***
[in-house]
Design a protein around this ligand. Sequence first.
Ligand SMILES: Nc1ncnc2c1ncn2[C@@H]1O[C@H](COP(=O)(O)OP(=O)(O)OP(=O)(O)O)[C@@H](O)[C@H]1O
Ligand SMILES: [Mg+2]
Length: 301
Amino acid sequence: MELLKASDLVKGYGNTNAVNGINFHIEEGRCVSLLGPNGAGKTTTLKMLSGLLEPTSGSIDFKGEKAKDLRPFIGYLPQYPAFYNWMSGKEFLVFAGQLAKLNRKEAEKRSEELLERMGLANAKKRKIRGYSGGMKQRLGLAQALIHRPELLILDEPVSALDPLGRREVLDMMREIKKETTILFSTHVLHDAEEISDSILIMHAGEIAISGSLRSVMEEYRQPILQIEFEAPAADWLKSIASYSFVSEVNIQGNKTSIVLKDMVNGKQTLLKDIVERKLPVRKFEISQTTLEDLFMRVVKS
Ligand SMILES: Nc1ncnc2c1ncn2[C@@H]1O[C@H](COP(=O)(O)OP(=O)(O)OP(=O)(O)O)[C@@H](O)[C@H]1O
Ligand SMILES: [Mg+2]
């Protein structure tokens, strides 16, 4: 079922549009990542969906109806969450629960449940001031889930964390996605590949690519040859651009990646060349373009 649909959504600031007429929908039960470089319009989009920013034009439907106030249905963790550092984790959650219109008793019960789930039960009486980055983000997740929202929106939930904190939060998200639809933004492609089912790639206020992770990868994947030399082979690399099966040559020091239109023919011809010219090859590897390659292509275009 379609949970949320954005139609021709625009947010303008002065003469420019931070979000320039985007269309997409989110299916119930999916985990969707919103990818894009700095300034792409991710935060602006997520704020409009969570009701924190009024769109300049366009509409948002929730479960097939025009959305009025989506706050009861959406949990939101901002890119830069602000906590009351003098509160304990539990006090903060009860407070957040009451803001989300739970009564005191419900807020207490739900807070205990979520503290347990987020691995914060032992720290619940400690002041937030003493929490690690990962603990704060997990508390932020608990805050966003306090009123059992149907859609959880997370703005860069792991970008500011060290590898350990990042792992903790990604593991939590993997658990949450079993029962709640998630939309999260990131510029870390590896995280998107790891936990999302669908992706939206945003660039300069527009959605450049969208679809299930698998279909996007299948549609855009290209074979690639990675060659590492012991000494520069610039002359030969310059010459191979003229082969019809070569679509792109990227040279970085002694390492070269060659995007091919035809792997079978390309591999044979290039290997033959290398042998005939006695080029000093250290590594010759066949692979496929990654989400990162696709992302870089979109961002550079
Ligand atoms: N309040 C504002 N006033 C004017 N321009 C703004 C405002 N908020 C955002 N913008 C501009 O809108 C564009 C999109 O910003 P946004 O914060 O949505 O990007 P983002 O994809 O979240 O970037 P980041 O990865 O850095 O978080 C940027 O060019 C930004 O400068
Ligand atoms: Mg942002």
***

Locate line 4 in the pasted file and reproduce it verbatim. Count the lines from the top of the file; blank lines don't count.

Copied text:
Ligand SMILES: [Mg+2]